As the Covid-19 virus experiences its second life in the form of the Delta variant, the lion’s share of national attention has focused on how the surge has affected the South. America’s favorite punching bag, Florida, has received special attention. Much of the derision has been well founded: Florida currently has the highest hospitalization rate in the country, and last week, as schools across the state started to reopen at full capacity, Governor Ron DeSantis threatened to withhold pay for teachers who require students to wear face masks in their classrooms.
But the South hasn’t cornered the market on boneheads. Just look at my home state of Wisconsin, which at the worst of times feels like Florida’s pathetic northern cousin who still watches Family Guy religiously and boasts a truly disturbing Funko Pop figurine collection. Roughly 56 percent of Wisconsin residents have received at least one shot, and 52 percent are fully vaccinated. There is no excuse for a state with just six million people to have such an abysmally low vaccination rate. More than 12.8 million Florida residents have gotten at least one shot, compared to 3.3 million Wisconsin residents. Which is to say, Florida still has almost twice as many vaccinated residents as Wisconsin has people.
Why is Covid so bad in Wisconsin, a state that once upon a time prided itself on its good governance and generally informed citizenry? Who exactly is responsible for the virus’s initial spread and subsequent resurgence in Wisconsin? The answer will surprise you about as much as the monster reveal at the end of a Scooby-Doo episode. (Unlike in a typical outing of the cartoon investigators, the proprietors of this haunted hotel don’t feel the need to wear a mask.)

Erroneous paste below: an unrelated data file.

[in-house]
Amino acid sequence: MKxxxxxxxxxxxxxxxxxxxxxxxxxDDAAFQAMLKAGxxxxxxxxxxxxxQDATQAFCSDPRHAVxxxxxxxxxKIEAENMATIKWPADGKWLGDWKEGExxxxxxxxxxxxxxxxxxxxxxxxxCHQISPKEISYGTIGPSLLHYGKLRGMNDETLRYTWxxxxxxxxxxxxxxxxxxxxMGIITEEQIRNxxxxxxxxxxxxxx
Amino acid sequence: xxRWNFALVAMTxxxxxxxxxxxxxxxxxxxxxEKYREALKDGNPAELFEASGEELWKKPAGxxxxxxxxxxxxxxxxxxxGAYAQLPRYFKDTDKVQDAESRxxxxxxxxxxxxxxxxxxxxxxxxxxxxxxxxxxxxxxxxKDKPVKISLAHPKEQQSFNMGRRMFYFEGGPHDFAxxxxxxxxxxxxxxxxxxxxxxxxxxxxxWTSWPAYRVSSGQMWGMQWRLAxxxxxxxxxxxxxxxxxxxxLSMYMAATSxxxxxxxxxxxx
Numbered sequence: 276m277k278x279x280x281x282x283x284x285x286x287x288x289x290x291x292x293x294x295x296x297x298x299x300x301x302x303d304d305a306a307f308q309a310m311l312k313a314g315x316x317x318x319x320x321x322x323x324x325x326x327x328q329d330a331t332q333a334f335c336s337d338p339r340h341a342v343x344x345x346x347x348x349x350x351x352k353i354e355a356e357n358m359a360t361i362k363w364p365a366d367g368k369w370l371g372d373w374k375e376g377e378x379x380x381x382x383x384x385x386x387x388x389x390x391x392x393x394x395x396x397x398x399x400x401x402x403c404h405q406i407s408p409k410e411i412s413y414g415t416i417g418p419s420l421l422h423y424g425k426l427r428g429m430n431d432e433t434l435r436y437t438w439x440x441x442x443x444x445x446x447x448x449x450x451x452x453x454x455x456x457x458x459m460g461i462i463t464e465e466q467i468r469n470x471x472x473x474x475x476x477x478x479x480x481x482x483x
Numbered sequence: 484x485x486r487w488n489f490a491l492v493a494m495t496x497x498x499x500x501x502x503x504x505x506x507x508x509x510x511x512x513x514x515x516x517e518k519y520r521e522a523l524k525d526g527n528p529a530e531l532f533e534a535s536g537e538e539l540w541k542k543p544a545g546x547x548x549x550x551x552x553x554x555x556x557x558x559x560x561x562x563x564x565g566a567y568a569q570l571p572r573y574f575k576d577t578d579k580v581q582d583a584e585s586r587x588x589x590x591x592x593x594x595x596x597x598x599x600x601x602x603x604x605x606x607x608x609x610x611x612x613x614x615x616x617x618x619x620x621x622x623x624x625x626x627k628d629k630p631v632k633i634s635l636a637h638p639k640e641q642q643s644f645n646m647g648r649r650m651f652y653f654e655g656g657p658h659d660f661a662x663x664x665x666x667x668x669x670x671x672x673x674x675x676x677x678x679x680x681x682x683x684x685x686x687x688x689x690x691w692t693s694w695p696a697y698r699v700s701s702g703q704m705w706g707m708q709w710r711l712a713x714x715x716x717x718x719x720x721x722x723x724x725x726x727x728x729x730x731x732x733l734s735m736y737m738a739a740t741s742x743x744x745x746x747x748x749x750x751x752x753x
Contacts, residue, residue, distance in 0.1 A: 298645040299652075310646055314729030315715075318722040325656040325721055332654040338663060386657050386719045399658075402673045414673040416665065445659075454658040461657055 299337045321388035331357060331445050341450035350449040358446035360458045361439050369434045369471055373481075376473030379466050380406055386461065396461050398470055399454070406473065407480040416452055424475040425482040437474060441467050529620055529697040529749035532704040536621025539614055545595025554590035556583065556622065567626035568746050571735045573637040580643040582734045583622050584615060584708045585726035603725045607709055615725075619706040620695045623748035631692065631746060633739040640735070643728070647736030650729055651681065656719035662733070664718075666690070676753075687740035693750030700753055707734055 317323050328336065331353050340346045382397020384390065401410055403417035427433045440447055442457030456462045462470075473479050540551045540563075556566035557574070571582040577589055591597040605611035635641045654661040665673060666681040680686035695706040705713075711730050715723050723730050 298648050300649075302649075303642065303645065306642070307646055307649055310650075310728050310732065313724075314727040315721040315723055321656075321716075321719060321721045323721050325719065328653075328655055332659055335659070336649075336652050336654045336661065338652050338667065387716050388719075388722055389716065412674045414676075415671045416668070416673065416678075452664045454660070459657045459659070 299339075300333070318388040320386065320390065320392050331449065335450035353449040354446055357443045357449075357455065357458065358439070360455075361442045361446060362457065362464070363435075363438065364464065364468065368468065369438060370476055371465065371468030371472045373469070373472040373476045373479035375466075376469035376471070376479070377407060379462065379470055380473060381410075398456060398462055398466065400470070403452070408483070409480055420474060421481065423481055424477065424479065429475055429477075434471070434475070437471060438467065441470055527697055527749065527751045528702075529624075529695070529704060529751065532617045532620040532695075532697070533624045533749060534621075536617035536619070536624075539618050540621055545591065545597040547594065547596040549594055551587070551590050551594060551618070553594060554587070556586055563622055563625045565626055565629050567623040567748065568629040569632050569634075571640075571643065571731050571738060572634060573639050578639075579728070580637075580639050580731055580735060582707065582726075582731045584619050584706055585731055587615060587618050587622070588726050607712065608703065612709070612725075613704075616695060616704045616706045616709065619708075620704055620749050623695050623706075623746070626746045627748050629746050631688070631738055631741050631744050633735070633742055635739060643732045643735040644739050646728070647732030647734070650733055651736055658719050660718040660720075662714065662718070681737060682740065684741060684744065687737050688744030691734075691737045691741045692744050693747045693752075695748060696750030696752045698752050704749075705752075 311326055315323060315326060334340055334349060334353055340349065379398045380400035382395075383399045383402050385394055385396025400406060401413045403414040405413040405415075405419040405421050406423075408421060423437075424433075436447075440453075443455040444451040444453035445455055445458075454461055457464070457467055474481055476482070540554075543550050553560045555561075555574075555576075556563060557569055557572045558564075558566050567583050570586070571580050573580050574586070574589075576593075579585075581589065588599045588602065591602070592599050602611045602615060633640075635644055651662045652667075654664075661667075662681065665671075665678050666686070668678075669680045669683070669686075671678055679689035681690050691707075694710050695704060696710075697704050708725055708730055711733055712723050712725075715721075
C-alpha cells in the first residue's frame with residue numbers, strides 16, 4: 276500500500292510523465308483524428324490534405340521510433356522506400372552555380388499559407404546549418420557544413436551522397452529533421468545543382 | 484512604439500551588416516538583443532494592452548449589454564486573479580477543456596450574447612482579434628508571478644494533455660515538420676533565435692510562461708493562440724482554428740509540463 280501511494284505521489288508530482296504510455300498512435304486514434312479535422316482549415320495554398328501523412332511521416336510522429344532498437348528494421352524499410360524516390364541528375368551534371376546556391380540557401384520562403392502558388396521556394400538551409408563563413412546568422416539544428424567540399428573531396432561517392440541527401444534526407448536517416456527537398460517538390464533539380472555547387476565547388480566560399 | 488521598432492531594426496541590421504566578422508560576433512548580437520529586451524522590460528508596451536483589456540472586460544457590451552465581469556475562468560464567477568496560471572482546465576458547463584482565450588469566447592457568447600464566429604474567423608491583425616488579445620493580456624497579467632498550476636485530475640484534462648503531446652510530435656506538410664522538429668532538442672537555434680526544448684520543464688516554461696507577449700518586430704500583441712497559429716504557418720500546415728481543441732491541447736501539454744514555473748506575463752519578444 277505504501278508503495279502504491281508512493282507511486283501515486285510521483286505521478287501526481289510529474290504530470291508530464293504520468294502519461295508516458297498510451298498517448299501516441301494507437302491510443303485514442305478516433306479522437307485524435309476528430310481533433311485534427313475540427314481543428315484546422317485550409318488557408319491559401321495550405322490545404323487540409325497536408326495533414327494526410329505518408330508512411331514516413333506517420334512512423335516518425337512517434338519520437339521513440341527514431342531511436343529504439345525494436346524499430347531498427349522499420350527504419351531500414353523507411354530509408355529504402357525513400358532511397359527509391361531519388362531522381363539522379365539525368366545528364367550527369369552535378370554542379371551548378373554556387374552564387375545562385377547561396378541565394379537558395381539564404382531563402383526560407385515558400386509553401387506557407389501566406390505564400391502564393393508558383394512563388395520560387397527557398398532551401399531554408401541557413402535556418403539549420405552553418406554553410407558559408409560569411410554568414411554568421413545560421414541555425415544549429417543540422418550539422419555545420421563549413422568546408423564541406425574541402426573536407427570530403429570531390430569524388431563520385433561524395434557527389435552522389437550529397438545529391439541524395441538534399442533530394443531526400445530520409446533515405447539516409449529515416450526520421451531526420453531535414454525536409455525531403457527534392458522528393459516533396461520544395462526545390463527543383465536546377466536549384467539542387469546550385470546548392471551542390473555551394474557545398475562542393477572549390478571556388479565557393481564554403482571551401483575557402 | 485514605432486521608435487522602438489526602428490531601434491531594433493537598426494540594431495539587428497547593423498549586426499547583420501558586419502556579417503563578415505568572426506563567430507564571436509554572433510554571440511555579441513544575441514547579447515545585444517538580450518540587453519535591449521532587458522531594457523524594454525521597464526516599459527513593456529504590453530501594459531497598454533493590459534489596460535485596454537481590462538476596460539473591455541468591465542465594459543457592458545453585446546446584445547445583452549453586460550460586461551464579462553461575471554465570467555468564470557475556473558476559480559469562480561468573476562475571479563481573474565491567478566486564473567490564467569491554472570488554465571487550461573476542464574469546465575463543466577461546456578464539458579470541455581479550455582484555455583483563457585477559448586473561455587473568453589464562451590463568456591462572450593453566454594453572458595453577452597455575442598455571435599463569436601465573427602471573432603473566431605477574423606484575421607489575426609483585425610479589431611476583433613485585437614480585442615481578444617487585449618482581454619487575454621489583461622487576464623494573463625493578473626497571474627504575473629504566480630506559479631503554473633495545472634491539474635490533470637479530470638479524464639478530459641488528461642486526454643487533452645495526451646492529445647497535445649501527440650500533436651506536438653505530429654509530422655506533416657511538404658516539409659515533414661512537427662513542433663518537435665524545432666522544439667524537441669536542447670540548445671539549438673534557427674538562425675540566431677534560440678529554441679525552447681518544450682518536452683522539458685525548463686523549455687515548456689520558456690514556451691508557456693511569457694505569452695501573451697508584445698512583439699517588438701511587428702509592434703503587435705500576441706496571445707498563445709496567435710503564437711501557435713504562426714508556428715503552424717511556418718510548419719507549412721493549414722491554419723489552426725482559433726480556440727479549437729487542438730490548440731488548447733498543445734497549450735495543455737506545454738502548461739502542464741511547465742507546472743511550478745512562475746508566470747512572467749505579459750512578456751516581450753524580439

In many ways, the state has become a laboratory for the broader counter-majoritarian agenda that the GOP hopes to roll out nationwide—from intense partisan gerrymandering and voter suppression to the tactical erosion of executive power as soon as a Democrat assumes office. Over the past decade, Wisconsin Republicans have made it as difficult as possible for the state’s voters to righteously defenestrate them from office. To make matters worse, the right-wing judiciary has shown itself to be more than willing to countenance these power grabs.
Like alewives washing up on the shores of Lake Michigan in midsummer, the rot is everywhere, and it is stinky. Wisconsin Senator Ron Johnson recently tweeted his praise for noted Covid conspiracy peddler Alex Berenson, calling him a “courageous voice of reason throughout the pandemic.” Representative Glenn Grothman, who waged war against Kwanzaa and Martin Luther King Jr. Day during his time as a state senator, recently refused to tell a reporter if he had received the vaccine. “I don’t like to get into taking sides on it, OK?” he said before walking away. Republican state lawmakers plan to block the University of Wisconsin system from implementing rules that would stem the virus’s spread on campus. Go Badgers!